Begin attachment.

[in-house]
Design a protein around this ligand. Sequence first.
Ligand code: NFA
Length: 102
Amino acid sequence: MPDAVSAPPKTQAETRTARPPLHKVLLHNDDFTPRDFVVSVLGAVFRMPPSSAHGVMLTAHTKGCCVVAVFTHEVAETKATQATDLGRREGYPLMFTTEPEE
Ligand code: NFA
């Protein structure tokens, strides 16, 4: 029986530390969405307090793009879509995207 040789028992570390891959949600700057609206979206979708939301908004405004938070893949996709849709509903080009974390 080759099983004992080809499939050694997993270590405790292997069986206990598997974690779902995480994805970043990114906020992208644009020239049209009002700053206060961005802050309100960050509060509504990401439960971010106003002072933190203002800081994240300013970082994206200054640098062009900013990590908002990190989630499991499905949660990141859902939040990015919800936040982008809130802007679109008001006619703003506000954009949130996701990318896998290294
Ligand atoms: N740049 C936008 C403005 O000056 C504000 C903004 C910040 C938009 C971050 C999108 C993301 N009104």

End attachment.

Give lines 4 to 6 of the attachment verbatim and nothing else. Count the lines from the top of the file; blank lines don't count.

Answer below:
Length: 102
Amino acid sequence: MPDAVSAPPKTQAETRTARPPLHKVLLHNDDFTPRDFVVSVLGAVFRMPPSSAHGVMLTAHTKGCCVVAVFTHEVAETKATQATDLGRREGYPLMFTTEPEE
Ligand code: NFA